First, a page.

Making ourselves sick

An aggressive flu season has already claimed the lives of a 7-year-old and 66-year-old resident in Sacramento

This story has been expanded from its print edition.

An aggressive flu strain has already hospitalized a dozen people and contributed to the deaths of a 7-year-old and 66-year-old in Sacramento County this year, its public health department announced Monday.

Statewide, at least 16 people have died from the flu since Sept. 29, according the California Department of Public Health. The Sacramento child, who had underlying medical conditions, is the second pediatric death in California this flu season, prompting public health officials to once again plead with residents to get their flu shots.

“Everyone in the community who can get vaccinated should get vaccinated,” Olivia Kasirye, Sacramento County’s public health officer, said in a statement. “As the number of vaccinated individuals in a community increases, it decreases the transmission of the flu virus to those who have not, or cannot be vaccinated resulting in fewer hospitalizations and deaths.”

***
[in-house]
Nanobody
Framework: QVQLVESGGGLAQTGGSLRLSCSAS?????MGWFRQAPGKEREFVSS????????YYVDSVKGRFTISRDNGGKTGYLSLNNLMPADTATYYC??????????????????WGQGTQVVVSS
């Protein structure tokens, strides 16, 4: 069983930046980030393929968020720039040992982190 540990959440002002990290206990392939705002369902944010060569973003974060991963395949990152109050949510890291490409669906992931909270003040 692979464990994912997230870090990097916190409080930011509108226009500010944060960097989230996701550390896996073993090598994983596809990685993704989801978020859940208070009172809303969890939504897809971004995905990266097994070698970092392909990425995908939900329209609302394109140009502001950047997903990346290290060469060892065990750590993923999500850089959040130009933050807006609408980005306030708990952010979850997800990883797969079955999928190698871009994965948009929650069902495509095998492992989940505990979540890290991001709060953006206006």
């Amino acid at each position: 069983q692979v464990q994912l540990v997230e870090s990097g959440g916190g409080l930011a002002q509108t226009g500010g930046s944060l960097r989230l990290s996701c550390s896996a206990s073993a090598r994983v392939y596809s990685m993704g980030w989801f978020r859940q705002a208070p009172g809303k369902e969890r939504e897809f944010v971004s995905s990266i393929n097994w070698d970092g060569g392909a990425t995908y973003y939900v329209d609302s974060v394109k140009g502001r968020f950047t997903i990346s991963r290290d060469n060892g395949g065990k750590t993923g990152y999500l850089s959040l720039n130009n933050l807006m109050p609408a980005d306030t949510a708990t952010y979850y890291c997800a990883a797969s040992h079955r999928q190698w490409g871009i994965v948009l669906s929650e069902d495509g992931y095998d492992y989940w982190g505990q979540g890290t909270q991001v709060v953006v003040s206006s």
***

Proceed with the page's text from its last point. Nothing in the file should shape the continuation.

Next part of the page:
The “can” group includes able-bodied residents at least six months old, including pregnant women. According to the U.S. Centers for Disease Control and Prevention, slightly more than half of these people got vaccinated last year.

Of the two strains circulating locally, Influenza B is most prevalent in the deaths and the cases of people being admitted to intensive care units. The vaccine covers both strains. It takes a couple of weeks for the body to build an immunity once vaccinated, so health officials are also reminding anyone who gets the flu to restrict contact with others until a full 24 hours after their fever breaks. People should also avoid touching their faces and regularly wash their hands.

Upcoming vaccination clinics will be held Dec. 10 at the Galt Library and Jan. 25 at Hagginwood Community Center. Visit for more locations.